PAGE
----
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New Research from EBRI: Individual Account Retirement Plan Assets Concentrated in Families With High Incomes, but Important to Lower-Income Families, Too

PR Newswire



WASHINGTON, March 20 /PRNewswire-USNewswire/ -- Assets in individual account retirement plans are concentrated in families with high family income and higher net worth, as well as in families with older family heads, higher educational attainment, and white, non-Hispanic family heads, according to a study released today by the nonpartisan Employee Benefit Research Institute (EBRI).

These assets were in employment-based defined contribution plans (typically 401(k) plans), individual retirement accounts (IRAs), and Keogh plans. The study, in the March 2008 EBRI Notes, reports individual account retirement plans assets amounted to $6.767 trillion in 2004, according to the most recent data from the Survey of Consumer Finances. The study is available at http://www.ebri.org/.

One example of the influence of the demographic characteristics: More than 60 percent of assets in individual account retirement plans were held by individuals with a family income of $100,000 or more in 2004. At the same time, the study reports that among families with low levels of assets, savings in individual accounts retirement plans accounted for a greater share of their total financial assets than for families with high assets levels.

Here is how the EBRI study describes the influence of some demographic factors on the distribution of those assets in 2004:

By Race -- 90.5 percent of assets were held by white non-Hispanics. -- 9.5 percent of assets were help by nonwhites. By Education

-- 14.2 percent of assets were held by individuals with a high school diploma or less.

-- 10.7 percent of assets were help by individuals with some college education.

-- 75.1 percent assets were held by individuals with a college degree. By Annual Family Income

-- 11.3 percent of assets were held by individuals with incomes of less than $50,000.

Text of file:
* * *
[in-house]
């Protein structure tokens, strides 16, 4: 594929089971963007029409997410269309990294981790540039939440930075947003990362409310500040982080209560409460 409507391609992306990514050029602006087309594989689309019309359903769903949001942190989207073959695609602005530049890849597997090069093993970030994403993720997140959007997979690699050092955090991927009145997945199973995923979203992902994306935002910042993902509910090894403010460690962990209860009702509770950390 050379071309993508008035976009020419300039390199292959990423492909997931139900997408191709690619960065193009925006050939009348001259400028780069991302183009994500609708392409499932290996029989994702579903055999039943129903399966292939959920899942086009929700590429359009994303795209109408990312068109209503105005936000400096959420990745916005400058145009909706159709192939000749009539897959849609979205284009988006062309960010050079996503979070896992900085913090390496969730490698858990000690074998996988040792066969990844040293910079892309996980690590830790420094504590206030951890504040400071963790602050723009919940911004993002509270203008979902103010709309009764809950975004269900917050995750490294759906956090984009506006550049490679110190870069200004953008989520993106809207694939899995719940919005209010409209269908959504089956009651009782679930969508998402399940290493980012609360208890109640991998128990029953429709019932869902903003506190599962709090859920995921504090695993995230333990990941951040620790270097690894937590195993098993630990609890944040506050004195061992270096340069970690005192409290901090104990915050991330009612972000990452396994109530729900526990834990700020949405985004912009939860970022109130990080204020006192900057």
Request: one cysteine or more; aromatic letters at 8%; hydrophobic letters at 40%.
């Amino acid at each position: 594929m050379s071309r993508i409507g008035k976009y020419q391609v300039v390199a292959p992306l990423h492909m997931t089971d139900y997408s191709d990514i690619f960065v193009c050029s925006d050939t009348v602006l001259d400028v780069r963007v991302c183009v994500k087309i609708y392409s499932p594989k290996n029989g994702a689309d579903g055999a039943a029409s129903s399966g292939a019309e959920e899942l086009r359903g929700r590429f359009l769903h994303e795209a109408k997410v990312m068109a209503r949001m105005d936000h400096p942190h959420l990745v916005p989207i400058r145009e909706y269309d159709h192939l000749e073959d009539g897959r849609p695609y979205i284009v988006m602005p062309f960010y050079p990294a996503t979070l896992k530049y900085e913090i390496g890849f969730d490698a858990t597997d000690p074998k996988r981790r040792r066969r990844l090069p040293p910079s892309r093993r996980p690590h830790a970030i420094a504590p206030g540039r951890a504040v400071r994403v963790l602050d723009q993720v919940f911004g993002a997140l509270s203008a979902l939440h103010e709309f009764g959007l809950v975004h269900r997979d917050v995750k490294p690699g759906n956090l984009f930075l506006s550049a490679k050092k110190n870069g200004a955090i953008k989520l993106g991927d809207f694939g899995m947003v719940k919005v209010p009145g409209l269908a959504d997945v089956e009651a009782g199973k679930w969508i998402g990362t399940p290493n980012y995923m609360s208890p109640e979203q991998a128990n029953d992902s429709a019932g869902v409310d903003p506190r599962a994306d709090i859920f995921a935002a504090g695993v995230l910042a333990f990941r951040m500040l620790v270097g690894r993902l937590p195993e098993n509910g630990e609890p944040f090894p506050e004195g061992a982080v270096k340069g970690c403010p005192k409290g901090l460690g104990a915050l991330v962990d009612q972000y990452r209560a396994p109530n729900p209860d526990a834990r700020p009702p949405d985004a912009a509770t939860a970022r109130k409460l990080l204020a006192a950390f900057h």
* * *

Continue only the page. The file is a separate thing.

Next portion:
-- 25.6 percent of assets were held by individuals with incomes of $50,000 to $99,999.

-- 63.2 percent of assets were held by individuals with incomes of $100,000 or more.

In addition, the study notes that individual account assets comprise a significant portion of all financial assets among those with low assets and, in many cases, represent a much larger share of these financial assets than of those with overall high assets. The study includes these examples for 2004:

-- Individual account retirement plans accounted for 43.1 percent of the total financial assets of families headed by nonwhites, compared with 31.2 percent of families headed by white non-Hispanics.

-- For those in families where the family head had an income of $20,000 to $39,999 a year, individual account retirement plans accounted for 28.5 percent of their total financial assets, compared with 26.0 percent for families with an annual income of $150,000 a year or more.

-- For families in the bottom 25 percent of total net worth, individual account retirement plans accounted for 31.2 percent of their total financial assets, compared with 26.2 percent for families in the top 10 percent of total net worth.

The most significant shift in individual account assets from 1992-2004 has been the fraction of assets held by families headed by individuals age 55 or older, the study says. More than one-half of all individual account retirement plan assets and more than two-thirds of IRA and Keogh plan assets were owned by families headed by these individuals.

EBRI is a private, nonprofit research institute based in Washington, DC, that focuses on health, savings, retirement, and economic security issues. EBRI does not lobby and does not take policy positions. http://www.ebri.org/ Employee Benefit Research Institute

Web Site: http://www.ebri.org/



Source: PR Newswire


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